Eric McCarthy, playing in his first home game since returning from an injury, led the offense to score on three of Vineyard's four possessions in the second quarter. McCarthy was 2-for-5, passing for 31 yards and one touchdown in the second and third quarters.
After punting on its first possession in the second quarter, Vineyard's offense quickly regained the ball. Nantucket's Jason McWade, feeling the rush of the special teams at his throat, fumbled the ball and Desrosiers recovered it. The Vineyarders began the drive on the Whalers 45-yard line with 5:52 remaining in the half.
On second down, Higgins broke two tackles before being thrown out of bounds after a 31-yard gain, one of his 13 carries for 79 yards on the day. The drive ended with Wild's 10-yard touchdown run. After a missed extra point attempt, the Vineyarders led 20-0.
The defense, led by Justin Chapman's nine tackles, shut down Nantucket's offense once again. McCarthy was on the field for the third drive of the quarter with 2:24 remaining in the half. Beginning inside the Whalers' territory, Vineyard fought hard to get to the 7-yard line. Wild forced the ball across the goal line, and for the two-point conversion Ben Gunn took the pigskin into the end zone on a reversal.
With just 43 seconds to play in the half, the Island was up 28-0. But the Vineyarders were not satisfied just yet. Once again, Nantucket fumbled the kickoff and once again Desrosiers recovered it.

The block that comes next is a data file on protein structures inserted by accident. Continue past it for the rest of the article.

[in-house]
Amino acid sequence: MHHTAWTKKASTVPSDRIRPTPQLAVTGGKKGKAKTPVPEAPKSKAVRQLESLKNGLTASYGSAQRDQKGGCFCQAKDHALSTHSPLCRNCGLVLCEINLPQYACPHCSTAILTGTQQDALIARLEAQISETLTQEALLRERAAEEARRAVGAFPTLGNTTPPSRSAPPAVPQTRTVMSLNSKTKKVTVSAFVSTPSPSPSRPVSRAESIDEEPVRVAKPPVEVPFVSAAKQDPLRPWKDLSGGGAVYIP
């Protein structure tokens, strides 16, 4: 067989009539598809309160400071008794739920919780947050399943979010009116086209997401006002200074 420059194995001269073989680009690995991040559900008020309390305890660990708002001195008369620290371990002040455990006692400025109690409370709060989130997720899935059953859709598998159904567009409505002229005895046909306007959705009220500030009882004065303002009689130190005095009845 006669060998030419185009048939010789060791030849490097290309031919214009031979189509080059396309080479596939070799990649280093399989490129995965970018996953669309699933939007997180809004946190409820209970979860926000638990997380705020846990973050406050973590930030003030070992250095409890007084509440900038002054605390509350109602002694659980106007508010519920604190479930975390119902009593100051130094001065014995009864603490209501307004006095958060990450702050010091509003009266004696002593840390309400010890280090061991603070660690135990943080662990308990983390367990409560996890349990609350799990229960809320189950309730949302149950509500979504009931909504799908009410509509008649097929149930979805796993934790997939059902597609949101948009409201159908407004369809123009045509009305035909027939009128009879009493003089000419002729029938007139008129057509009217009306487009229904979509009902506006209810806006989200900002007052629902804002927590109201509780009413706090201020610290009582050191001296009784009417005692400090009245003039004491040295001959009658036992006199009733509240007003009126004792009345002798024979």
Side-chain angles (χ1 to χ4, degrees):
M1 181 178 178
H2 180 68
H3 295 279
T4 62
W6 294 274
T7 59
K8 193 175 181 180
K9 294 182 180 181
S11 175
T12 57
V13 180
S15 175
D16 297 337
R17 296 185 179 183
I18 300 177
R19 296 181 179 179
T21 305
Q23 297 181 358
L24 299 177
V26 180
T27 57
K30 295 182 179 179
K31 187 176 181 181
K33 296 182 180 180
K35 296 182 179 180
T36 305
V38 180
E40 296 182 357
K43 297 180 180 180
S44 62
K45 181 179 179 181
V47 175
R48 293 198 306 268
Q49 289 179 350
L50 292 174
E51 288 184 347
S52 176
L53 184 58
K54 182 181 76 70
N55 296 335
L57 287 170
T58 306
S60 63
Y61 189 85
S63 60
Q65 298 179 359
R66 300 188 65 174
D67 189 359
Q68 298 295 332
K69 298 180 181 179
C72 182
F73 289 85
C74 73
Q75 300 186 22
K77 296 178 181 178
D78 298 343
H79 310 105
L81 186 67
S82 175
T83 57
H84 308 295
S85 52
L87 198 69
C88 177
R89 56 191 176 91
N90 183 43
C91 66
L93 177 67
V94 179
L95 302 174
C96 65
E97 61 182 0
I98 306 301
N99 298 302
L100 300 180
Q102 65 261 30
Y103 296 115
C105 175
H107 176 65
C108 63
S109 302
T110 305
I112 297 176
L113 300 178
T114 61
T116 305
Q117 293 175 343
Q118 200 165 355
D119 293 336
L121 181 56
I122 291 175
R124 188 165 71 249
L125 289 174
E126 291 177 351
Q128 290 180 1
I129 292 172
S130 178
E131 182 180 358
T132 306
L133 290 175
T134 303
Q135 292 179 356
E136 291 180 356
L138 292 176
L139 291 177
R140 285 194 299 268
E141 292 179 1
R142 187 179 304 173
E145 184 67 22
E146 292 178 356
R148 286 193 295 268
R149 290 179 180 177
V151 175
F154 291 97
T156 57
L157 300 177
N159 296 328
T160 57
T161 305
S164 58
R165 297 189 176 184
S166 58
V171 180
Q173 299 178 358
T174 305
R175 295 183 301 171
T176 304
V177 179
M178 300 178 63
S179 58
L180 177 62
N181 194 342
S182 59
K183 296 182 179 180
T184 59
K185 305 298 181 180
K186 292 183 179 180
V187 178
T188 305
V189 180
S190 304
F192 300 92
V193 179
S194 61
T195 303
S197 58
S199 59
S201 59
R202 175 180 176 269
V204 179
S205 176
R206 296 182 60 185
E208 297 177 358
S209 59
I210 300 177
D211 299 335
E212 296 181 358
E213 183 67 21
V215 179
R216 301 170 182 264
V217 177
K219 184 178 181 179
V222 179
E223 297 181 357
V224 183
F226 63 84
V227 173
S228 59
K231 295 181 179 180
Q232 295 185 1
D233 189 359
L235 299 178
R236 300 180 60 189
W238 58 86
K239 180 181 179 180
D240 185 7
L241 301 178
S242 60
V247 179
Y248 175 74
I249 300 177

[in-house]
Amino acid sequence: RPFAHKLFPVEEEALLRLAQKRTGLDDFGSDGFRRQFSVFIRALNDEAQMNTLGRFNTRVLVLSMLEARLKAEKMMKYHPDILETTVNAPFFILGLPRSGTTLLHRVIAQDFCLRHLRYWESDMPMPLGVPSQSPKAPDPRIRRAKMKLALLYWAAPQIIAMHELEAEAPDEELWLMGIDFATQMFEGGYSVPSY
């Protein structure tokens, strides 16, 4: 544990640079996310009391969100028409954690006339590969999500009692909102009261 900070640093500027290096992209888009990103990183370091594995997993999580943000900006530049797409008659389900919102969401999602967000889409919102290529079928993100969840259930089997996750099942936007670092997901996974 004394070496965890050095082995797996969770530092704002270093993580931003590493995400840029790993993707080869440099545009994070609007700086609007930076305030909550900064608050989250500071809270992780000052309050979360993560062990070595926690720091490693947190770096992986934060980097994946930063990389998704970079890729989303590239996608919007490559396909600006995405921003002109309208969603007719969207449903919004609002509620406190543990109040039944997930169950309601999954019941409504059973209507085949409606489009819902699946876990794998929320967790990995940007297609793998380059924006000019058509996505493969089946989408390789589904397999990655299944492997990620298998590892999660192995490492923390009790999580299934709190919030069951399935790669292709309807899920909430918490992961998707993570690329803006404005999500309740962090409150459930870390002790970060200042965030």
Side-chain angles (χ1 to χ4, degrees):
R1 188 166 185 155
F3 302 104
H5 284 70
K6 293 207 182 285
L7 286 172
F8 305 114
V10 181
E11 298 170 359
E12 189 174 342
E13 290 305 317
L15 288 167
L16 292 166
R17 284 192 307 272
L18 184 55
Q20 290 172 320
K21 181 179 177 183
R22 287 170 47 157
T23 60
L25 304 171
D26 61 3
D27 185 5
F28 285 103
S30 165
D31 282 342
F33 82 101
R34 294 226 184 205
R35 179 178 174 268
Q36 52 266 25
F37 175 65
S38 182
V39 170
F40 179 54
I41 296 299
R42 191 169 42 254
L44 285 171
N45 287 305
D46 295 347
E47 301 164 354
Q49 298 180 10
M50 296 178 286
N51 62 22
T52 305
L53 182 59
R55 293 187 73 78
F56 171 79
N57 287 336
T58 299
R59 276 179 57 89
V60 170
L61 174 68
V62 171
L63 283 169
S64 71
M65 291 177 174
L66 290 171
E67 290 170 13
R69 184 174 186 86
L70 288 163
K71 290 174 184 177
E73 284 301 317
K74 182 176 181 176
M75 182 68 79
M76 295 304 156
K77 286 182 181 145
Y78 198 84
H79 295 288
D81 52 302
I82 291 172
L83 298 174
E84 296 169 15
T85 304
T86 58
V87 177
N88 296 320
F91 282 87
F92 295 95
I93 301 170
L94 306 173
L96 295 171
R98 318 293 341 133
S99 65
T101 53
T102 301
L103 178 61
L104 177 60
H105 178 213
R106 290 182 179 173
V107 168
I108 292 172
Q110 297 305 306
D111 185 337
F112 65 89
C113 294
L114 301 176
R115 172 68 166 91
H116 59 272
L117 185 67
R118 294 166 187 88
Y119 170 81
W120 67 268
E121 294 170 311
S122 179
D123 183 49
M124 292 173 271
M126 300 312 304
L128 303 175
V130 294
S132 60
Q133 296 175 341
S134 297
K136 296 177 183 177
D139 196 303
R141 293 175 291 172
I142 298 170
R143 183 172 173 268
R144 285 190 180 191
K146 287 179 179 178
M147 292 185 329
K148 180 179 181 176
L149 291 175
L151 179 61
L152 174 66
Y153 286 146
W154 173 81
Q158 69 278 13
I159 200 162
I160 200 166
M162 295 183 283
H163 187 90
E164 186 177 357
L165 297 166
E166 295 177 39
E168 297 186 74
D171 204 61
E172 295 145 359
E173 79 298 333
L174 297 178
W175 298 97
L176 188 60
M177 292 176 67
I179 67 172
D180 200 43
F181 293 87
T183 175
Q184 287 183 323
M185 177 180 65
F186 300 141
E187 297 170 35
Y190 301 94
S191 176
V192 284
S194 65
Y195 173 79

With 11 seconds on the clock on second down, McCarthy sailed the ball 26 yards into the hands of a wide-open Desrosiers for a touchdown. The extra point was blocked.
After two touchdowns and two fumble recoveries, Desrosiers injured his ankle in the second half; he'll miss the remainder of the season as a result. Coach Donald Herman nevertheless lauded the injured junior for a "breakout game."
After the game, Coach Herman talked with Nantucket coach Vito Capizzo. "The coach told me you cannot win turning the ball over four times," said Coach Herman. "I agreed. He made the point that his team was young, but so is our team."
In fact, only three seniors played on offense and three on defense.
"It was a great win," said Coach Herman, "and now we are looking forward to West Roxbury."
The Raiders, out of the Boston North league, are undefeated at 9-0. Their strengths are two running backs who can fight through tackles and an aggressive defense.
"We are going in against West Roxbury about even," said Coach Herman. "The players are confident and in good shape for the game."
A win against the Raiders would send Vineyard to the Division 6 Super Bowl, to be played at Bentley College in Waltham. The opposing team will be determined when Marian faces off against the winner of yesterday's game between Georgetown and Manchester.
In the day's other games, the junior high school football team beat Nantucket 28-0, and the junior varsity game ended 0-0. The Whalers left the Island scoreless in all three games.